REVIEW : Escape from Naraka (PC)
Isn’t it a coincidence that Escape from Naraka comes out just a few weeks before Naraka: Bladepoint? What piques my interest, even more, is how unfinished this game appears to be. There are a few good concepts here and there, but Escape from Naraka’s two-hour length, chronic game design faults, and tiresome trial and error made me want to stop playing well before the end credits. Maybe when I’m done writing this review, I’ll be able to leave genuinely.
If you don’t know, Naraka is the Hindu religion’s interpretation of hell. Because the player character has ended up there, do they want to flee? Except for a brief slideshow cutscene at the beginning and finish of the game, there is no plot. That’s fine because this is an arcade game with leaderboards. If you accept the task (which you shouldn’t), you’ll be guiding your character through seven levels of platforming and dying to a bunch of cheap bullsh*t you couldn’t see. When I got to the credits, I was genuinely grateful.
That’s right, you read it accurately. It takes two hours to get out of Naraka. It has seven levels, and you can beat the first one in a matter of minutes, so you’d be forgiven for believing the others would be the same. In reality, I spent over half of my time playing levels 6 and 7 because that’s when the design started to get wonkier. You must make your way to a doorway at the end of each group. You’ll platform, run away from enemies, and ponder why some decisions were taken in the first place.
Run as slow as you can
Escape from Naraka’s stages is designed to keep you moving. You’ll be rated on numerous aspects after you reach the exit portal, including how long it took you, how much shining stuff you grabbed, and how much damage you received. Despite the emphasis on speed, your character travels at a reasonable pace. Because there isn’t much momentum, attempting to traverse each level’s twists expertly and turns isn’t particularly enjoyable. On top of that, the jumping seems a little strange. The angle of each jump doesn’t feel exactly right, and landing on platforms with any degree of precision is often challenging.
Even with solid controls and physics, first-person platforming is challenging. In Escape from Naraka, however, not seeing where I was about platforms was a significant cause of death. The jumping is also weirdly unresponsive, exacerbating the problem. In this game, I never felt like I had a legitimately decent amount of movement control. Given that this is a platformer, this is a significant flaw. There’s more to it than jumping, of course. You’ll unlock new skills as you continue through the stages, which will shake things up.
The dash is one of them, and it may be employed whether you’re on the ground or in the air. It would help if you waited for a tic before using this ability again because it has a cooldown. Then there’s your ice magic, which can slow down specific traps and opponents for a short time. This must be charged, and nothing remains frozen for long periods. Finally, you can slow down time later in the game, which is vital for surviving some tedious obstacles. Naraka is hurling at you, and you must flee.
Why couldn’t you tell me that?
Two other purposes of the slowness ability are not adequately explained in the game. The first is supplied through perplexing instruction, and the following is left unexplained. You’ll have to figure it out, or you won’t be able to advance. If you take fatal damage while the slowing is active, you will be returned to where you were when the ability was used initially. At least, that’s how I understand it. I’m not sure about that. On that topic, I’m not sure why this function is in the game at all; it’s unneeded and not applicable.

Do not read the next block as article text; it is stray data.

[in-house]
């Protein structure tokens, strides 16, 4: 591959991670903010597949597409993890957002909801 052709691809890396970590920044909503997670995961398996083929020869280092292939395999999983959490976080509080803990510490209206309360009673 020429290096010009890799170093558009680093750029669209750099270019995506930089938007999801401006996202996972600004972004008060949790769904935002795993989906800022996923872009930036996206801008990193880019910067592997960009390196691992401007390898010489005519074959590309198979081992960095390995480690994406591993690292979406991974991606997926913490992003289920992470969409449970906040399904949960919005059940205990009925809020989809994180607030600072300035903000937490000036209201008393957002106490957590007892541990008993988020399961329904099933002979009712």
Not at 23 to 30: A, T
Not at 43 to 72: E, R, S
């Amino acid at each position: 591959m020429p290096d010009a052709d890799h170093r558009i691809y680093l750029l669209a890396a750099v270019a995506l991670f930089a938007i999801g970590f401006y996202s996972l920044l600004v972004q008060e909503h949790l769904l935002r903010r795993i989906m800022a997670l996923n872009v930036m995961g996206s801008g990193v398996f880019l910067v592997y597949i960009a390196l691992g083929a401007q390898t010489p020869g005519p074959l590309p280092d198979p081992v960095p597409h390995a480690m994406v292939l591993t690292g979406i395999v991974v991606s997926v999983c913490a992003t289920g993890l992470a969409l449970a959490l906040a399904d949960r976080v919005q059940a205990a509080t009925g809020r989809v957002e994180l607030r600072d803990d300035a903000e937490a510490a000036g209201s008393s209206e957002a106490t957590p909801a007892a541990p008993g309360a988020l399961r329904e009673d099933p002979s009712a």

The second, and perhaps most important, element of this ability is that after you dash once while time is slowed, you can run again without waiting for a cooldown. Because I had no idea that this was a thing, I had problems with the first jump required, and it wasn’t enjoyable. Naturally, you’ll use this skill to avoid traps that move too swiftly. Escape from Naraka contains a variety of lures. Spike platforms that rotate, whirling blades, you name it.
Then there’s the opposition. I don’t have a lot of good things to say about them. The first enemy sprints towards you and, if it gets near enough, hits you. It isn’t a significant issue. It can’t jump, either, and you can freeze it. The second foe looks like a Weeping Angel from Doctor Who, and it can’t move while you stare at it. It’s not supposed to, but I’ve seen it move a few times because they can’t stop in the middle of some animations. Oops. They move so quickly it’s almost as though they can teleport. And you may have to deal with more than one at the same time.
Is this supposed to be fun?
When it comes to teleporting, one of the opponents is capable of doing so. It can teleport right on top of you and one-shot you. Your only option is to shoot and freeze it before it can unleash its attack, but you must act quickly. Also, as you’re trying to platform, Escape from Naraka will toss this enemy at you, which is ineffective. The game devolves into trial-and-error areas where it’s unclear what you’re intended to accomplish, and I just kept dying while trying to figure it out.
There are also platforms that you can’t stand on, even though they appear to be able to stand on.
In reality, you must jump on them and then instantly jump again to go to higher ground. Escape from Naraka fails to inform you of this yet again. There’s one of these rights in the sixth level just before the exit portal, and I honestly believed the geometry was broken. I figured it out eventually, but I almost wish I hadn’t because I would have avoided the seventh level.